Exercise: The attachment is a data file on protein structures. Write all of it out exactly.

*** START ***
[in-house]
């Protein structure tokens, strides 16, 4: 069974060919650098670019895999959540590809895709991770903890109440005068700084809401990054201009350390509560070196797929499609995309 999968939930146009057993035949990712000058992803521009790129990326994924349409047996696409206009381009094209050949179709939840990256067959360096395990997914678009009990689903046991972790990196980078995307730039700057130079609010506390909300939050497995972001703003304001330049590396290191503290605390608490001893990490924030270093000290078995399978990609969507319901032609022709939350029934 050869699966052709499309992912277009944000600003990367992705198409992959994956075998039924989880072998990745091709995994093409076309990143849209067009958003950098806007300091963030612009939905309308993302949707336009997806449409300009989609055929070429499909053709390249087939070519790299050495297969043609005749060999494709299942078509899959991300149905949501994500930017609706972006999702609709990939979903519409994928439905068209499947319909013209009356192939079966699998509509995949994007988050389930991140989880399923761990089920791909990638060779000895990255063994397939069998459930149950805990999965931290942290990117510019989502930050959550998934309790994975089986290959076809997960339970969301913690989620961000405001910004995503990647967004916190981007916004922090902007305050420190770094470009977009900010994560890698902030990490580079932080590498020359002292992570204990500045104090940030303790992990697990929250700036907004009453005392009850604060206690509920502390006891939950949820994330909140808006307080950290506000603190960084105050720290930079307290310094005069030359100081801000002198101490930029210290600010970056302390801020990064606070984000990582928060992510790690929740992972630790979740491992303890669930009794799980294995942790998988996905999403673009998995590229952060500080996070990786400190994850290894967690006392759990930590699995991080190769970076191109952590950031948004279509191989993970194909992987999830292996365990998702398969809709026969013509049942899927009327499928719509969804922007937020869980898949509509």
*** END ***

[in-house]
């Protein structure tokens, strides 16, 4: 069974060919650098670019895999959540590809895709991770903890109440005068700084809401990054201009350390509560070196797929499609995309 999968939930146009057993035949990712000058992803521009790129990326994924349409047996696409206009381009094209050949179709939840990256067959360096395990997914678009009990689903046991972790990196980078995307730039700057130079609010506390909300939050497995972001703003304001330049590396290191503290605390608490001893990490924030270093000290078995399978990609969507319901032609022709939350029934 050869699966052709499309992912277009944000600003990367992705198409992959994956075998039924989880072998990745091709995994093409076309990143849209067009958003950098806007300091963030612009939905309308993302949707336009997806449409300009989609055929070429499909053709390249087939070519790299050495297969043609005749060999494709299942078509899959991300149905949501994500930017609706972006999702609709990939979903519409994928439905068209499947319909013209009356192939079966699998509509995949994007988050389930991140989880399923761990089920791909990638060779000895990255063994397939069998459930149950805990999965931290942290990117510019989502930050959550998934309790994975089986290959076809997960339970969301913690989620961000405001910004995503990647967004916190981007916004922090902007305050420190770094470009977009900010994560890698902030990490580079932080590498020359002292992570204990500045104090940030303790992990697990929250700036907004009453005392009850604060206690509920502390006891939950949820994330909140808006307080950290506000603190960084105050720290930079307290310094005069030359100081801000002198101490930029210290600010970056302390801020990064606070984000990582928060992510790690929740992972630790979740491992303890669930009794799980294995942790998988996905999403673009998995590229952060500080996070990786400190994850290894967690006392759990930590699995991080190769970076191109952590950031948004279509191989993970194909992987999830292996365990998702398969809709026969013509049942899927009327499928719509969804922007937020869980898949509509």